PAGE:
Wait Until Evening by Henrietta Buckmaster (novel). The title comes from a quote from Sophocles’ Oedipus Rex: “One must wait until evening to see how splendid the day has been.” The title gives hope that the protagonist, Catherine Mills, will find solace at the end of her challenging ordeal. We are pulled into this story as Catherine stumbles in shock from a terrifying car ride and accident. The dark, foggy British heath is a match for the confusion in her mind as this American instinctively follows a light to a house where she might find another human. She is literally dumbstruck and has trouble remembering anything, including her own identity. Or maybe she’s just not talking. As clearer images distinguish themselves from the mist, we discover that she has put herself in the competent hands of a Danish chemist and that she came to England on a mission to help her son, who escaped from an explosion reminiscent of the Weatherman bombing of a house on 11th Street in Manhattan.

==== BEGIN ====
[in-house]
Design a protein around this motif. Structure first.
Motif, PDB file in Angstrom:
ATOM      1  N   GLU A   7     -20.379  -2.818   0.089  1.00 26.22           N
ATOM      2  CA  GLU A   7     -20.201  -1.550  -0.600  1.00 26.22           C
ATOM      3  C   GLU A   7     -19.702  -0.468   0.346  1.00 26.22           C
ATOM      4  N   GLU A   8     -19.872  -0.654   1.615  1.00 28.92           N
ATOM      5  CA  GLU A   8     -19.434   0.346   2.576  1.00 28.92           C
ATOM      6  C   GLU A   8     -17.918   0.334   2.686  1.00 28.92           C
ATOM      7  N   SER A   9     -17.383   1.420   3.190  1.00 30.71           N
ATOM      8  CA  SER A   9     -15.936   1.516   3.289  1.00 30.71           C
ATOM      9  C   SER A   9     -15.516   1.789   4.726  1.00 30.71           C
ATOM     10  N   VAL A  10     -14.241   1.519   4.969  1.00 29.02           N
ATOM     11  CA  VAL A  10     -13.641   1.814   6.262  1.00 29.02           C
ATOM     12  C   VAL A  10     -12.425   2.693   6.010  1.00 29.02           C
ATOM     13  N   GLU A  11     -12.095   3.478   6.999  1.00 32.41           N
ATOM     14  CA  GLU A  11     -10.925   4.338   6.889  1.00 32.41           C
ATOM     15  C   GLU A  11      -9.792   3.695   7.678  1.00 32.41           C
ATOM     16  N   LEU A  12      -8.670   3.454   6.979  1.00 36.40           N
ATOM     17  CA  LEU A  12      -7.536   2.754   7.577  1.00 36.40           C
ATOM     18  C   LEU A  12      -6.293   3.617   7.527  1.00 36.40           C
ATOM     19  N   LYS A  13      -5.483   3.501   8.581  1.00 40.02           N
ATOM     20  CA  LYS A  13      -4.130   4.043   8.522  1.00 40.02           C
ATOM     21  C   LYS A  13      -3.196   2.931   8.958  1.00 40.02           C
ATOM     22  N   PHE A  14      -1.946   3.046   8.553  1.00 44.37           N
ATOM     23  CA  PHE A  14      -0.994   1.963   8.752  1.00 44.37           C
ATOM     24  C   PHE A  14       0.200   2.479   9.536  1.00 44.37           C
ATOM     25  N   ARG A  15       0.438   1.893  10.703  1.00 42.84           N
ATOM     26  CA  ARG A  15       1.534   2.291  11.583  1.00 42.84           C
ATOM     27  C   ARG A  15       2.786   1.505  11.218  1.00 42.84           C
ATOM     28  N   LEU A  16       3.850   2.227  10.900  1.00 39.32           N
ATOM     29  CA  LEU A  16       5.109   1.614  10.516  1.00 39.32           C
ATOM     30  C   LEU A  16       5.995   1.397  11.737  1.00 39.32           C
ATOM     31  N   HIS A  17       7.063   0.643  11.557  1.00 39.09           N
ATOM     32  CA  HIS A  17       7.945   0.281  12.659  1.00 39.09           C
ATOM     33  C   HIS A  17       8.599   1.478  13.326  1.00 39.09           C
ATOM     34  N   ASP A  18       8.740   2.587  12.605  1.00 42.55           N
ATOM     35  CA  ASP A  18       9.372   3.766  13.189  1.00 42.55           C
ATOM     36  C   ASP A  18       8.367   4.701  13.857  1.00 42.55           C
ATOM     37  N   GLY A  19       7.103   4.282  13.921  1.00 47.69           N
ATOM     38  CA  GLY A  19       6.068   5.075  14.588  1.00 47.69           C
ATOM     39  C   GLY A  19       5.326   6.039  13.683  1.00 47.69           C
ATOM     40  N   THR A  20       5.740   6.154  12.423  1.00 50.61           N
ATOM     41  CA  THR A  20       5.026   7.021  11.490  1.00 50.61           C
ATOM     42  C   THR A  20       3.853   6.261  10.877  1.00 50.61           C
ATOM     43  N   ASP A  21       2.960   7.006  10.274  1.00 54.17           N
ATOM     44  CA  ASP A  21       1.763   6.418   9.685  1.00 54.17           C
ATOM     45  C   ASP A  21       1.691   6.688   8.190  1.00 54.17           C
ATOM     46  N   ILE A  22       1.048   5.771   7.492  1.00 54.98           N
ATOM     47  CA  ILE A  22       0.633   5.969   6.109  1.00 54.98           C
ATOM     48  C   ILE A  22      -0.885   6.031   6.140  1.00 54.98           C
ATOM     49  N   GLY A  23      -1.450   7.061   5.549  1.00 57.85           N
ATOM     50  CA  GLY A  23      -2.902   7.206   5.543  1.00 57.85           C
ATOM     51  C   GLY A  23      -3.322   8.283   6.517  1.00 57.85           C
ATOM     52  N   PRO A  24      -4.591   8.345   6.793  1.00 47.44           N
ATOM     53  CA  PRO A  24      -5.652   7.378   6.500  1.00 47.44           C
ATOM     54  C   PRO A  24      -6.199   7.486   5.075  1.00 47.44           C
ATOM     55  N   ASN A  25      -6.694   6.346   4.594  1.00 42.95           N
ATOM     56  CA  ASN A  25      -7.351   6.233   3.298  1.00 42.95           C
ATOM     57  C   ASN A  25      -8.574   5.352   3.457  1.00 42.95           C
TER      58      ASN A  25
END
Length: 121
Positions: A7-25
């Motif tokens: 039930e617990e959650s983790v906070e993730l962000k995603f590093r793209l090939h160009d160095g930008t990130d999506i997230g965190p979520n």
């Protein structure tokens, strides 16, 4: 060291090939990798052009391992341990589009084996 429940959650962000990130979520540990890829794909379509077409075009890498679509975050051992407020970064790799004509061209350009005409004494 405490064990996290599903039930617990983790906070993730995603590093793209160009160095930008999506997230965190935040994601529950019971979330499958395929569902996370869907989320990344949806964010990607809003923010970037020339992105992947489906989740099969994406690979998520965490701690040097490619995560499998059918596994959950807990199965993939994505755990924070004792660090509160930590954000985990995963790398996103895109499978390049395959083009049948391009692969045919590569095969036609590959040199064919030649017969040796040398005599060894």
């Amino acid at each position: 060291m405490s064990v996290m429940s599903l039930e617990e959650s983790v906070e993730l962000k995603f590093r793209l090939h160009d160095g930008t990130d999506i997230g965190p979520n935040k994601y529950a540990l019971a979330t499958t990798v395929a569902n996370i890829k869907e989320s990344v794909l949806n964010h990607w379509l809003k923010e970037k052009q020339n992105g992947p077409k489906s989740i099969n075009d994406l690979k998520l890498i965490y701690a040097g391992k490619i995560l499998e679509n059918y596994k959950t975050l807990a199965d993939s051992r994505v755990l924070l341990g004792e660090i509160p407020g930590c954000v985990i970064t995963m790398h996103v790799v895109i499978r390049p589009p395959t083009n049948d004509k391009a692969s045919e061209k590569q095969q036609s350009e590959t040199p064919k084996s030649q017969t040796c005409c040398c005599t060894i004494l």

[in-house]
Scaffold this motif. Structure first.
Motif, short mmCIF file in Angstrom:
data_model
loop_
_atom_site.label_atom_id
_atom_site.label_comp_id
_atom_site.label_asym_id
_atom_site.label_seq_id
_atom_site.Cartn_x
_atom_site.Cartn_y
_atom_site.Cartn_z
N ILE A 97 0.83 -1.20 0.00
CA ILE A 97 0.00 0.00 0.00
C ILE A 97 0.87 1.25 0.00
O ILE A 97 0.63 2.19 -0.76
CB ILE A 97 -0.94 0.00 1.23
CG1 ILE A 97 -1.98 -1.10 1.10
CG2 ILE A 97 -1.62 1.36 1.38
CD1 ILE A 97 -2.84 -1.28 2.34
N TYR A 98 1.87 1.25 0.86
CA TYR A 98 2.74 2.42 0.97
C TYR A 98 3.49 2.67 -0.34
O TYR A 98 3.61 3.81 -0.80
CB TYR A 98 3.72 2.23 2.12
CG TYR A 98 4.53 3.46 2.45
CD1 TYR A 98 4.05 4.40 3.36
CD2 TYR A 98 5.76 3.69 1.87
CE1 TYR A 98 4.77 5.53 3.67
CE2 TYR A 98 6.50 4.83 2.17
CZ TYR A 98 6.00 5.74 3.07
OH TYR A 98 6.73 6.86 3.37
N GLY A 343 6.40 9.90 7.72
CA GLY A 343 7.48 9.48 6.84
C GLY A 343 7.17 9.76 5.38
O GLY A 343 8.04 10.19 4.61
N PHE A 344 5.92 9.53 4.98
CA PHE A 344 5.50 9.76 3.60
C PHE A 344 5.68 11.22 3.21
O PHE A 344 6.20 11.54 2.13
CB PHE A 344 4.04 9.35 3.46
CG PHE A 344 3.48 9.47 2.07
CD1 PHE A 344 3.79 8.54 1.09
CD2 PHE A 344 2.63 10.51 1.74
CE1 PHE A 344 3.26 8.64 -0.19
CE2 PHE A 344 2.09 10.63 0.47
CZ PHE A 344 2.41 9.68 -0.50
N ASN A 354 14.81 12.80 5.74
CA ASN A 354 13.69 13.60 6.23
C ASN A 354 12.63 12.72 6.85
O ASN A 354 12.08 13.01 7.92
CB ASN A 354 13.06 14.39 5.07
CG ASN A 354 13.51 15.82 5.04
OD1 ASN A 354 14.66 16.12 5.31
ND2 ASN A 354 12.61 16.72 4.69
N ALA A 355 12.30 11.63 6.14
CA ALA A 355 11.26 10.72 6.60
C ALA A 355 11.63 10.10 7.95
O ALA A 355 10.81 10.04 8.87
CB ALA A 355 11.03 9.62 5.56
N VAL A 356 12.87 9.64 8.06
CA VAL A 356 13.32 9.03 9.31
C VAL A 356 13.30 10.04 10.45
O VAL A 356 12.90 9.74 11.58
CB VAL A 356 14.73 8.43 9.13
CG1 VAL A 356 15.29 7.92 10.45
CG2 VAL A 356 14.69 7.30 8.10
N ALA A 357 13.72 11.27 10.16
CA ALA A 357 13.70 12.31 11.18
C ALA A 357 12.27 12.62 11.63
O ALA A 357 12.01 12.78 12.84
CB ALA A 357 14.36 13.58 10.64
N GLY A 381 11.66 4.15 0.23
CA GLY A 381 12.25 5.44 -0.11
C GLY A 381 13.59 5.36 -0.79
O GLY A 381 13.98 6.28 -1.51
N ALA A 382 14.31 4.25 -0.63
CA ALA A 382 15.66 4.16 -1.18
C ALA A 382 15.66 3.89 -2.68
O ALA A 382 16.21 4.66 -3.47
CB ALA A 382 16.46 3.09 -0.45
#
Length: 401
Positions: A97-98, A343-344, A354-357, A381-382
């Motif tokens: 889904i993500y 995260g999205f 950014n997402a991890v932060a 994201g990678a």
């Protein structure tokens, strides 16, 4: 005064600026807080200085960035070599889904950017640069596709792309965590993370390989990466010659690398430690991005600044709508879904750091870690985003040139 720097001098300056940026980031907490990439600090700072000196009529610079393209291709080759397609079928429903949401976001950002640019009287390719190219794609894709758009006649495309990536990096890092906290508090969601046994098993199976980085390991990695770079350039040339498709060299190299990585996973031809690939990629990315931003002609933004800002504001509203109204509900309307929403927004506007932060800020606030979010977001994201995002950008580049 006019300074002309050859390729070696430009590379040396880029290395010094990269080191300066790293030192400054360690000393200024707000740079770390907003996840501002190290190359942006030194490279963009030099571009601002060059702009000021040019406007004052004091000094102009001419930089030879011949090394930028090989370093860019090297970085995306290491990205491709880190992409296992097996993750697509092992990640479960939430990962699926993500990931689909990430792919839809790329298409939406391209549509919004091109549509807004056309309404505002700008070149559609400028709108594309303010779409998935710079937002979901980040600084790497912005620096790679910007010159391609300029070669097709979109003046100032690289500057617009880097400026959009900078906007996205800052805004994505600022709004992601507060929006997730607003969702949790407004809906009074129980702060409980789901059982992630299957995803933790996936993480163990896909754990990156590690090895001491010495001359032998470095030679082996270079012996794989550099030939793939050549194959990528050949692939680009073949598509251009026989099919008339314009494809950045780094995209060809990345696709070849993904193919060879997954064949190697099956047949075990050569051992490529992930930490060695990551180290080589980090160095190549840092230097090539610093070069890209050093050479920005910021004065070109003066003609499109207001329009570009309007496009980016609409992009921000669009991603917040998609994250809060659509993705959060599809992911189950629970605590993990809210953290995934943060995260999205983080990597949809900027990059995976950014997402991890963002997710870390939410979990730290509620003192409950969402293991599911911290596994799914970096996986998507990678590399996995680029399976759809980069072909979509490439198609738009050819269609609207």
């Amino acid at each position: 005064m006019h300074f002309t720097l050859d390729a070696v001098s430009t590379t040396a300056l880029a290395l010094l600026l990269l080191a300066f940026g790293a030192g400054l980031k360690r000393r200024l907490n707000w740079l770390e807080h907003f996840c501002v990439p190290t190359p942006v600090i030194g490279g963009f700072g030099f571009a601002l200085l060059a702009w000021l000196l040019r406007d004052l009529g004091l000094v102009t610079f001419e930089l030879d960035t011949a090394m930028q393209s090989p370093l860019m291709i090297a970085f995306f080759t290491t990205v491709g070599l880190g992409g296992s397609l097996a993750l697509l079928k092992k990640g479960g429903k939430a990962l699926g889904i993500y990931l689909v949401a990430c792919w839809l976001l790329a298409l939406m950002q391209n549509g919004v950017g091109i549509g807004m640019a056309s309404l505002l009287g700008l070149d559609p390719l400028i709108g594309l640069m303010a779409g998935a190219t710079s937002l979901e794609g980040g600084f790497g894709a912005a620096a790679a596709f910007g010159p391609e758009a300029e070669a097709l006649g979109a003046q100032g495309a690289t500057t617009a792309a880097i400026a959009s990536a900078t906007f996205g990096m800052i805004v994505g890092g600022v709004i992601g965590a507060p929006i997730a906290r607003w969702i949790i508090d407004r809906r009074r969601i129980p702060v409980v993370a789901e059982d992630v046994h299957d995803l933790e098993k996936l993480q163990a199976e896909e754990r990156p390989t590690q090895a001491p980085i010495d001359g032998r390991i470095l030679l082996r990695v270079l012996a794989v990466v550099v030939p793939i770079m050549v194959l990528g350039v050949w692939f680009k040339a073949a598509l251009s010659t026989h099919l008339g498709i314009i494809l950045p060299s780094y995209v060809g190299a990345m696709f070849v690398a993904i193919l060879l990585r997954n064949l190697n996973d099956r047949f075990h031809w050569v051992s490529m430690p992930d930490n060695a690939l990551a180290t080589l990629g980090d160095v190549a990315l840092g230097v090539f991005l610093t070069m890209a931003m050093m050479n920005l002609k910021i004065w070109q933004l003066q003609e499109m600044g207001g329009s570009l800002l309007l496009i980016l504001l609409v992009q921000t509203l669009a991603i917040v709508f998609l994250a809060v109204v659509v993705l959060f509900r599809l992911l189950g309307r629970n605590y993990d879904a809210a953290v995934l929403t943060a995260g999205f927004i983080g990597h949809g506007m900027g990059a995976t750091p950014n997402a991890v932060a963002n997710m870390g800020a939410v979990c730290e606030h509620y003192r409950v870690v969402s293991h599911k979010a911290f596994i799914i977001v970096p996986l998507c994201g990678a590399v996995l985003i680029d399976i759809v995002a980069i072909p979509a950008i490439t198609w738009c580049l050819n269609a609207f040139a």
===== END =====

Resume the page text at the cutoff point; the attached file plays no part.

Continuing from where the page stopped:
Catherine is a writer, and one of her reflections seems to me to represent Henrietta Buckmaster’s own thought about her writing. The Dane asks her why she is a writer:
“ ‘It’s me. It’s what I am, what I divine. What I reach for. It’s everyone I think about. It’s time and it’s no time. It’s the notches of my growth. It’s a way of giving and receiving that I
can’t do without.’ She moved abruptly and then sat down by the window, frowning at the wind. It’s a long journey to the beginning. It’s always a new birth. “